Hired armed cutter Ann

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For other ships of the same name, see Hired armed brig Ann.

The hired armed cutter Ann served the Royal Navy from 9 May 1795 to 19 October 1801 during the French Revolutionary Wars. She was of 104 91/94 tons burthen and carried twelve 3-pounder guns.[1][Note 1]

Service[edit]

In 1798 Lieutenant Robert (or Richard) Young came to command Ann. On 31 January 1798 she captured the fishing boat Leopold.[3] On 28 March she captured the Greffwen, of Gothland.[3] On 20 July she was in company with Orestes when they captured the luggers Mayflower and William.[4] At some point she also captured the luggers Joseph and Edward.[3]

On 23 May 1799, while engaged in the protection of the fisheries off Folkestone, at 8pm Ann gave chase to a lugger. After a two-hour running fight she succeeded in capturing the Aimable Therese, a small French privateer lugger of four guns and 27 men.[5] At the time, Ann was in company with sloop Eugenie and the hired armed cutter Nox.[6]

On 11 October Ann and the hired armed cutter Lion recaptured three small vessels.[7] On the evening of 21 November, after a chase of five hours, Ann captured the French privateer cutter Petit Diable some three to four leagues south-southwest of Beachy Head. Commanded by Simon Robert Saltitat, Petit Diable was two days out of Dieppe and carried only eight men with small arms. The rest of the crew had been sent back to France in a small sloop the privateer had cut out from Seaford Roads the previous night.[8] On 28 November Ann captured the fishing boats Brune and St Joseph.[9]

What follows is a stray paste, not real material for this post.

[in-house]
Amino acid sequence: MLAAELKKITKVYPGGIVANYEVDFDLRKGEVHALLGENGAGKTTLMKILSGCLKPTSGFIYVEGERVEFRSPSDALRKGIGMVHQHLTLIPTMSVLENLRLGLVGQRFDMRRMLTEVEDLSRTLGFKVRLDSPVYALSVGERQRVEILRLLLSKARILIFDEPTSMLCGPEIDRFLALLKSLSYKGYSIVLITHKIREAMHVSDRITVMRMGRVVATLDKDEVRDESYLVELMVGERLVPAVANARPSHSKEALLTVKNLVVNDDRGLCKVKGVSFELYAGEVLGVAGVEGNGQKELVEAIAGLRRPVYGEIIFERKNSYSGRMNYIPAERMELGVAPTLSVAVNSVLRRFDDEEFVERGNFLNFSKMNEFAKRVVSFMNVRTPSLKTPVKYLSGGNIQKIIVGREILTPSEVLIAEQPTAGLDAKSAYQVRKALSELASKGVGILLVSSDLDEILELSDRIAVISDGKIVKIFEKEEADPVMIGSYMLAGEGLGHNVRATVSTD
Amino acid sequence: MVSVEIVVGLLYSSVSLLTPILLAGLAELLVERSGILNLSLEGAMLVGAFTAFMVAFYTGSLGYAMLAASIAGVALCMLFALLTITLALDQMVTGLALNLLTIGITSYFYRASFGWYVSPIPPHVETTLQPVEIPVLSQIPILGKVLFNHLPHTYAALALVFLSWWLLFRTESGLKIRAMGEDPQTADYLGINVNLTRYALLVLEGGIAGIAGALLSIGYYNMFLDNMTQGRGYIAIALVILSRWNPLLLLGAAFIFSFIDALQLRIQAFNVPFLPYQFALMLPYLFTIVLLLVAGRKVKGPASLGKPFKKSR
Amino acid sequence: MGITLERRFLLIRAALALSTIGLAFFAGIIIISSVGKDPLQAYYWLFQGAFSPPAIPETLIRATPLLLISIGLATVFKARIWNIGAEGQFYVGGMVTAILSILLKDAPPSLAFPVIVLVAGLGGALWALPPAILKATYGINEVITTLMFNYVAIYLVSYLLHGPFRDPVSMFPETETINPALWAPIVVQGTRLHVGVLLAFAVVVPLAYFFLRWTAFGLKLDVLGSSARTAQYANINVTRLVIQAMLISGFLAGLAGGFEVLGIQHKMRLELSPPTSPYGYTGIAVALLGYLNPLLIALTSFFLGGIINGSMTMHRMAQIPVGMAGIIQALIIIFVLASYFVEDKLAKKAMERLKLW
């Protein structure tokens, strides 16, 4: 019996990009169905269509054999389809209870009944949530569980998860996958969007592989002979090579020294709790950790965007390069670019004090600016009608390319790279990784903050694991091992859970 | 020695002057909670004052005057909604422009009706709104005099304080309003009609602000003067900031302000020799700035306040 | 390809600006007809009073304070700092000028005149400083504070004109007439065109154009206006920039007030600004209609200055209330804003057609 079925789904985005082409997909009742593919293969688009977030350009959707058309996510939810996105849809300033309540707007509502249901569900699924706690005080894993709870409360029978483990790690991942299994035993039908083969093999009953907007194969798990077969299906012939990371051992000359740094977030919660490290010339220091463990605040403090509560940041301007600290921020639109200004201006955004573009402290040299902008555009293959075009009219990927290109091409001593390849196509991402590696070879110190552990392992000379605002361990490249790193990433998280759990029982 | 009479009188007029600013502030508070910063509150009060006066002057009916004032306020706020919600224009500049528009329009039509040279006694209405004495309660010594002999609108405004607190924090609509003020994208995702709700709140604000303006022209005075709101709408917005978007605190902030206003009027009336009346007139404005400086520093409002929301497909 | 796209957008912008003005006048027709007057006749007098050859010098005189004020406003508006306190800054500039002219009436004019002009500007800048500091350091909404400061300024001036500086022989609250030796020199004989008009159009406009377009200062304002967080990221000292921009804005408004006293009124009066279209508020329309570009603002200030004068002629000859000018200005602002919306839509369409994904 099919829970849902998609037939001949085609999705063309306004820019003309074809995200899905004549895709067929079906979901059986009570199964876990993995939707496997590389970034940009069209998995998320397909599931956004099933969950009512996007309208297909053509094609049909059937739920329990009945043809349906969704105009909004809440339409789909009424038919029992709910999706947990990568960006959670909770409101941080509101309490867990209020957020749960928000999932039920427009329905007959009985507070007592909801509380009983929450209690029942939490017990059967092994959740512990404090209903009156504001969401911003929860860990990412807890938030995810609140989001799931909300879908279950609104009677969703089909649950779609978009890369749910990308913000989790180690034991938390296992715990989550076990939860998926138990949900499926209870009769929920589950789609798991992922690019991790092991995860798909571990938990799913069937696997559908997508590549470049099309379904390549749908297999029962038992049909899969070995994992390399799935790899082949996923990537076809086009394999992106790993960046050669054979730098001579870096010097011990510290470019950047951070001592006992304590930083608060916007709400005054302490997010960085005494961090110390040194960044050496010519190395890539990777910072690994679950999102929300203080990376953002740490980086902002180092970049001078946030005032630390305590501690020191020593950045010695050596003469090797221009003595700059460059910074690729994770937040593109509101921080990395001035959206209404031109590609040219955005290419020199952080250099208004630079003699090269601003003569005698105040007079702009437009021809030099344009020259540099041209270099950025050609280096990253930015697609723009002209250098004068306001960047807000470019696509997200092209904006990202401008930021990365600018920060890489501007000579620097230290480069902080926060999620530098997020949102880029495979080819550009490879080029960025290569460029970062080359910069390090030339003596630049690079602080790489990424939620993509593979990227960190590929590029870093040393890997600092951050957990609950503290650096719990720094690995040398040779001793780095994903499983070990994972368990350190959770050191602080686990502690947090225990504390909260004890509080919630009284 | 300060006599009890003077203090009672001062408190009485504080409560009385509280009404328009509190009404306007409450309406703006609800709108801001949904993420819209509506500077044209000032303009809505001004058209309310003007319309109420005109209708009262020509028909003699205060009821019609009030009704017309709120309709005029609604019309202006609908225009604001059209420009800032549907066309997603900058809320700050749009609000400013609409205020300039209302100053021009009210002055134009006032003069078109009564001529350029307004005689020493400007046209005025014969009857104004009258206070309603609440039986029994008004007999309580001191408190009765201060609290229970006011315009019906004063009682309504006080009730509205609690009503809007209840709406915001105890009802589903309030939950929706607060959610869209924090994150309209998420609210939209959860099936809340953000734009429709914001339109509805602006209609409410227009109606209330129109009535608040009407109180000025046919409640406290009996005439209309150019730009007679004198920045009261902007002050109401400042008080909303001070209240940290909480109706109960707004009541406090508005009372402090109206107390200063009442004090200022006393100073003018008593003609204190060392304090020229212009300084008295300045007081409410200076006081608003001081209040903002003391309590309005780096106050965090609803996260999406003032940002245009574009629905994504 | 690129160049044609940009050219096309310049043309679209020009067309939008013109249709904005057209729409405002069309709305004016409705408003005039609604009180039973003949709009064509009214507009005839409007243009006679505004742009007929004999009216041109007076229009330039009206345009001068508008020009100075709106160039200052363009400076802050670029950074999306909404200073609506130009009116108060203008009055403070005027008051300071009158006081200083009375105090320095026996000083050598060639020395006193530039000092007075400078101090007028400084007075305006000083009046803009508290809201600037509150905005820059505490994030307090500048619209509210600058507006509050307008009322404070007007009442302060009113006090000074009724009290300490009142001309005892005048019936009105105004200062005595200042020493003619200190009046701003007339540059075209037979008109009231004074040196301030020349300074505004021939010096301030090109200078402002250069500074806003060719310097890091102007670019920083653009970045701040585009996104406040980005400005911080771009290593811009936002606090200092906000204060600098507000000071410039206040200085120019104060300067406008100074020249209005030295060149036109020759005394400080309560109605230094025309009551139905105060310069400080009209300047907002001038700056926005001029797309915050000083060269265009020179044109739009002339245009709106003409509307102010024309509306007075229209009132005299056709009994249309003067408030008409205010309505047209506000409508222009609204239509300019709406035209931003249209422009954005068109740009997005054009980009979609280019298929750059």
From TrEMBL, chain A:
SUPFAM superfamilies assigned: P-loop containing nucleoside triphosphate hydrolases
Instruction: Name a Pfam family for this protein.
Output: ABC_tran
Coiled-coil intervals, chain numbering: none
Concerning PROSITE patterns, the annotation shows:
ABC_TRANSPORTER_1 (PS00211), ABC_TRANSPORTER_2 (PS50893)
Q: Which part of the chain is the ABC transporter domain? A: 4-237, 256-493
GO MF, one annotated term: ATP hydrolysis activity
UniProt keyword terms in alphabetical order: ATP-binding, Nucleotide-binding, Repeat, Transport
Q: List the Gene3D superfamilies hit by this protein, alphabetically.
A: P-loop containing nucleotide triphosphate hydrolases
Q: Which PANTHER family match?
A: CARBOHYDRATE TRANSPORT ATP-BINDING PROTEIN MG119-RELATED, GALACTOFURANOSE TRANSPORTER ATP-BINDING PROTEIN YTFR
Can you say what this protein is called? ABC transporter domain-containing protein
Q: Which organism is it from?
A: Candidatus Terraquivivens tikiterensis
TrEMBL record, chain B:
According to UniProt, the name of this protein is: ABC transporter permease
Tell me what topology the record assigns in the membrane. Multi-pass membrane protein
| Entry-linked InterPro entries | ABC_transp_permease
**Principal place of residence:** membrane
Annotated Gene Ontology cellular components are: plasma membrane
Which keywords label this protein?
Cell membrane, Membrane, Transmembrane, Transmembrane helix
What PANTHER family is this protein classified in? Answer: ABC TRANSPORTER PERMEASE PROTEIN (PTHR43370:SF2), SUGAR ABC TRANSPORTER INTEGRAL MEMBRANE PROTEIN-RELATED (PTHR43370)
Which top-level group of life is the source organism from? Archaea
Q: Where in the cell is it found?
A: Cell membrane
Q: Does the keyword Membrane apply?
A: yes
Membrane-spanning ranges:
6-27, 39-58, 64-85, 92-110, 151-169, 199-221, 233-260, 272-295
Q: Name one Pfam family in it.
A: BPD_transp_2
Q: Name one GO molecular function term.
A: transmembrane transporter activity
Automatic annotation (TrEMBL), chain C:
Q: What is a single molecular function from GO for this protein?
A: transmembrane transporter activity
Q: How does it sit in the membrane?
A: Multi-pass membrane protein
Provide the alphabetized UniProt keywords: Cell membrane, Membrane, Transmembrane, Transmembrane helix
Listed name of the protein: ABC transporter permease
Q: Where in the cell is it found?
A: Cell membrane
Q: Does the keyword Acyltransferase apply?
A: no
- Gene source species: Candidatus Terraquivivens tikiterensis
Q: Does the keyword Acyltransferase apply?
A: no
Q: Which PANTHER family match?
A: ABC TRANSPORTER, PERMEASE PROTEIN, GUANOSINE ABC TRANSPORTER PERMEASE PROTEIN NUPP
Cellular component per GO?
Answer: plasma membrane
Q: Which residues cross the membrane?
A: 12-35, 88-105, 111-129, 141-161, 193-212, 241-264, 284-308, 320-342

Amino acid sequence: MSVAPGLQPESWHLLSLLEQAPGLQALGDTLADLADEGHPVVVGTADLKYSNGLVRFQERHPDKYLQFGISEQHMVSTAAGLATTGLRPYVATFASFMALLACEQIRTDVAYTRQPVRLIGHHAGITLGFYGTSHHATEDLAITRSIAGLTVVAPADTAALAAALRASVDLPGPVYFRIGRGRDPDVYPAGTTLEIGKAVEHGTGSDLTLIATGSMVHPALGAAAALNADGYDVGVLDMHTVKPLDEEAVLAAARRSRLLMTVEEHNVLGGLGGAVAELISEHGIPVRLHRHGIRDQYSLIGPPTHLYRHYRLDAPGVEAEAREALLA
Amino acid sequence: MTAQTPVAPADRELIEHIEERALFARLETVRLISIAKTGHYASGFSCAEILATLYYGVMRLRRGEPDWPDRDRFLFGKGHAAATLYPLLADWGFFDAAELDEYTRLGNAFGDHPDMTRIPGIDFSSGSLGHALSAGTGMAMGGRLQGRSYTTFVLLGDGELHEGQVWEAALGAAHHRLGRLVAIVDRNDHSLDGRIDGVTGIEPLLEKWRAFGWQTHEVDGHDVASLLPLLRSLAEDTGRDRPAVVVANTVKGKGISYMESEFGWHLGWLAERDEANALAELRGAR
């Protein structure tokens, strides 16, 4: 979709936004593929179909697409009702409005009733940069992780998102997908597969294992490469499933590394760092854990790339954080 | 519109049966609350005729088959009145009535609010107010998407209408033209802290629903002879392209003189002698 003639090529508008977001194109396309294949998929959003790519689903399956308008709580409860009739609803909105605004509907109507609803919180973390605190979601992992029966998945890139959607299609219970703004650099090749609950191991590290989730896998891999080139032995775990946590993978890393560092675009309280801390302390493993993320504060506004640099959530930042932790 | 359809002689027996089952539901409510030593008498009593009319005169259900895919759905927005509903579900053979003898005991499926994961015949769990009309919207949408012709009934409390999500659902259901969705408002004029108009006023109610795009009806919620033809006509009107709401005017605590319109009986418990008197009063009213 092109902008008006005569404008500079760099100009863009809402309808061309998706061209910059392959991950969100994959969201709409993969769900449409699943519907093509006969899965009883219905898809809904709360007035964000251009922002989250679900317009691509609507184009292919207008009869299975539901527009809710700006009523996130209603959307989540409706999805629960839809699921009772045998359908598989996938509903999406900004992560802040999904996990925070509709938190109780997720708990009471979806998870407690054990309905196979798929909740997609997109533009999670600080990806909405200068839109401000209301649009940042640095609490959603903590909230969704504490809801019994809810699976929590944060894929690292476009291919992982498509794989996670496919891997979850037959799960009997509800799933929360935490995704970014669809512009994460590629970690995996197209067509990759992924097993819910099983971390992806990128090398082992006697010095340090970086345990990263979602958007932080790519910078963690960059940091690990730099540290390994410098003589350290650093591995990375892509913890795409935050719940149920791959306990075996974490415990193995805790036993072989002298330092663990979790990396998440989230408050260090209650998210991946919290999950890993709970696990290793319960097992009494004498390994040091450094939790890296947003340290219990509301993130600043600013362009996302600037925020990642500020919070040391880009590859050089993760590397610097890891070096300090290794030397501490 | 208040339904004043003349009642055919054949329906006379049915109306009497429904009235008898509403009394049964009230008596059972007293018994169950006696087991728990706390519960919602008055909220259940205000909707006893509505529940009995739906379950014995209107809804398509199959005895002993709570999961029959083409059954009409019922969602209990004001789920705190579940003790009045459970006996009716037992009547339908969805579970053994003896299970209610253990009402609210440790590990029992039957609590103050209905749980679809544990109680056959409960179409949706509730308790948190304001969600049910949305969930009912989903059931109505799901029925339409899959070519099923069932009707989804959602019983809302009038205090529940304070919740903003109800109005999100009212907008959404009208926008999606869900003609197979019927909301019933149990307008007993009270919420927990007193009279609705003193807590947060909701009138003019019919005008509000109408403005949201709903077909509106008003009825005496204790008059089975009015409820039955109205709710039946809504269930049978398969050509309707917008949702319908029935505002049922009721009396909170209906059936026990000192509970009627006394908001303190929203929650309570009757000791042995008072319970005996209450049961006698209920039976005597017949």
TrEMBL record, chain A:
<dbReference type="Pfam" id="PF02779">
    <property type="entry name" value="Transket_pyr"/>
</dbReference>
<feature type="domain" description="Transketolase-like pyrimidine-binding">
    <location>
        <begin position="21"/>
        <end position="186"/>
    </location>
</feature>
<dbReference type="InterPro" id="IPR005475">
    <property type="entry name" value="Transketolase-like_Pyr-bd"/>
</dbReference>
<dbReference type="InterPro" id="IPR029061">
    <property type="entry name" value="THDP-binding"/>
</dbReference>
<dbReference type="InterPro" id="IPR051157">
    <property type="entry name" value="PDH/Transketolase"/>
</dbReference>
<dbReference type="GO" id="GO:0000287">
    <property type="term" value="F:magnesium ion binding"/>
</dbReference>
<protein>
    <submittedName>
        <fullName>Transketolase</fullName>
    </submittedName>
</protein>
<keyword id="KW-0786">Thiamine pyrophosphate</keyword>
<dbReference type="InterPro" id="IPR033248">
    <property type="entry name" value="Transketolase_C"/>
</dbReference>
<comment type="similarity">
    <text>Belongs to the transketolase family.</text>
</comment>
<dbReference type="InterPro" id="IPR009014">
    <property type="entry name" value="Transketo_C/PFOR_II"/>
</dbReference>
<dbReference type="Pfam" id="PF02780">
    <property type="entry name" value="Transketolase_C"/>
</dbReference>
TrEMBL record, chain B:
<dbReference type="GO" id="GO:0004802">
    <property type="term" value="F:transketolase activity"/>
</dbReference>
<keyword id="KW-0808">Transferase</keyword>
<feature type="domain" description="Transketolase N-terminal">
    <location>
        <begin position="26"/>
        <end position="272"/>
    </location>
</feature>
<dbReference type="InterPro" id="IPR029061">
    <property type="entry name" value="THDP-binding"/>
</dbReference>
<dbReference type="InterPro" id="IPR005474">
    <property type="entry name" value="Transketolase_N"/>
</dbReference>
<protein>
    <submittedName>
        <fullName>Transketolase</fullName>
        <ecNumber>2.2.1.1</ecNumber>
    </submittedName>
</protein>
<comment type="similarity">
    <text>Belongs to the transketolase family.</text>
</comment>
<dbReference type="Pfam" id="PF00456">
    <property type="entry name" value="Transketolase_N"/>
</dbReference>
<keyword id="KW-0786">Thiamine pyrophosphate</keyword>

Ann captured the vessel Grosser Steir on 27 March 1800.[9] In July 1800, Ann participated in the Raid on Dunkirk, which resulted in the cutting out of the French frigate Désirée. During the action on 8 July, Ann, together with the gun-brig Biter and the hired armed cutter Kent engaged some French gunboats and prevented them from intervening. Biter had three officers and men wounded and each of the cutters suffered one man wounded.[10] In 1847 the Admiralty awarded all surviving claimants from the action the Naval General Service Medal with the clasp "Capture of the Desiree".[11]

Notes[edit]

  1. ^ In 1794 two ships named Ann, both of 104 tons burthen, received a letter of marque. One, under John Joynson, is described as being armed with six 3-pounders and the letter is dated 18 April. The second, under Joseph Gawen, is described as being armed with eight 3-pounders and four swivel guns, and her letter is dated 6 August.[2] These two cutters may have been the same vessel, and either, or neither, of these may have been the vessel the Royal Navy hired in 1795.

References[edit]

Citations
Bibliography
  • James, William (1837). The Naval History of Great Britain, from the Declaration of War by France in 1793, to the Accession of George IV. 3. R. Bentley. 
  • Winfield, Rif (2008). British Warships in the Age of Sail 1793–1817: Design, Construction, Careers and Fates. Seaforth. ISBN 1-86176-246-1. 

External links[edit]

Phillips, Michael - Ships of the Old Navy.[1] - Ann.